3. Adapts to your business – Many of today’s technologies used are open and extensible. Businesses change daily and Knodeo’s tools adapt to your business without the constraints of proprietary software.

Relief for Users

  1. Trusted Information – A common information backbone contains all the business definitions. The centralized analytics database defines the business definitions instead of the individual BI tools.
  2. Use established familiar tools – Users are already familiar with tools like MS Excel for reporting or MS Access for queries. Knodeo can integrate with any existing BI tool.
  3. Customized reporting – Create customized reports, analytics, and dashboards in the open Knodeo Launchpad. Develop apps to help with your business processes.

Relief for Developers

  1. Unlimited toolsets to support business needs –  Developers have options to select the toolsets that fit best for the required business case.
  2. Open Extensible architecture – Open architecture gives developers the freedom to implement solutions based on the user requirements and not the constraints of proprietary software.
  3. Automated systems – Tasks like installations, upgrades, data loads and report delivery execute using the open Knodeo automation tools.

A Defining Moment

Steven NgProject Management, SoftwareLeave a Comment


If you look for project management software, you’ll find a ton of apps. A TON. Basecamp, Mavenlink, Zoho, Trello, Microsoft Project… the list goes on.

And yet, Vince and I still made Yet Another Project Management App. Are we crazy?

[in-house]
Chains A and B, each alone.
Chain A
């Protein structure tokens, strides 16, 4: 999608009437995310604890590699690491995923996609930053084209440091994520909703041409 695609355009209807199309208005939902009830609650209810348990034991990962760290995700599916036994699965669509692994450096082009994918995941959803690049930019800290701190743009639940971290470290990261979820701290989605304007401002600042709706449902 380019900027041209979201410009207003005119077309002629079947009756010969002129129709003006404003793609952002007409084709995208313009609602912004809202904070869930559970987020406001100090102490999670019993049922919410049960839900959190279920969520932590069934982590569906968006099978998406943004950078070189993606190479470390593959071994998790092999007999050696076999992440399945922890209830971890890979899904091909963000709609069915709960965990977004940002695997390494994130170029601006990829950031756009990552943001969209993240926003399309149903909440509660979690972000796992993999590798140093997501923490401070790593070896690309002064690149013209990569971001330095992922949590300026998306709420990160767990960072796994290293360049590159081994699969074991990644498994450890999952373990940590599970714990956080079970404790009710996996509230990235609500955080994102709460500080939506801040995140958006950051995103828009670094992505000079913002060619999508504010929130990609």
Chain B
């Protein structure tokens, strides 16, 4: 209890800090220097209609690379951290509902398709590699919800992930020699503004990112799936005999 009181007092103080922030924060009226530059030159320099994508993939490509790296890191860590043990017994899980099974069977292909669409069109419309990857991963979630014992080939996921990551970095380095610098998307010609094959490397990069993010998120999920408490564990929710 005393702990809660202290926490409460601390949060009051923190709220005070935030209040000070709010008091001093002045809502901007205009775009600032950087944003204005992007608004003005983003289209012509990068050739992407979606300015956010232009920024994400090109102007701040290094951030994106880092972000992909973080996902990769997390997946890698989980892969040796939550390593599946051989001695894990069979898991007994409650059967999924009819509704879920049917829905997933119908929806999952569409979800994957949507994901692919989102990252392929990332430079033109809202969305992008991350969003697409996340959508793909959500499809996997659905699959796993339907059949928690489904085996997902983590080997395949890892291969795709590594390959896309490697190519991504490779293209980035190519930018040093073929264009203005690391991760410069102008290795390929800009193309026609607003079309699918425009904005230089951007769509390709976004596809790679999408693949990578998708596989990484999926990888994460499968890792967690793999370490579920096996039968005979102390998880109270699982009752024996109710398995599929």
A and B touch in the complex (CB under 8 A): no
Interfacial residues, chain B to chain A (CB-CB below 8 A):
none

If you ask people who know us, they’ll probably say that there is indeed a little bit of crazy in us.

But that’s not why we built a project management app. I’ve worked with Vince since 2005, and we’ve been billing consultants for most, if not all, of that time period.

Project management tools are great for tracking your project completion, but they’re not quite what you need when you’re a small billing organization who can’t afford full time, dedicated project managers. Your projects are run and owned by consulting or team leads who are often hands on, writing code or doing other project delivery tasks.

These project owners are busy. They don’t want to be bogged down with chasing down team members for status reports and don’t want to be thinking about the real dollars involved with running a project, even though it’s their heads on the line when the project goes south.

Having run/owned projects myself, I’ve tried all sorts of tools – Excel, JIRA, Fogbugz, Microsoft Project. And none of them really did what I needed them to do. And what was that? Give me a constant overall picture of how my project was performing and being in-my-face when potential issues were arising. Having some time saving reports would also have been nice. I used to spend 2 hours a week per project collecting information from team members and compiling a status report. I’d rather have been coding.

The reason why there are so many project management apps on the market is simple. Different people have different ways of running projects, and one application can’t address everyone’s needs.

Assign It To Me

So that’s why Vince and I created Assign It To Me. We wanted to make a tool for us. We know there are plenty of small to medium sized billing companies that are just like us. Companies that cared about running projects well, that had to keep an eye on the profitability of their projects, and who usually had leaders who weren’t certified project managers who ran projects and were hands on in the project delivery.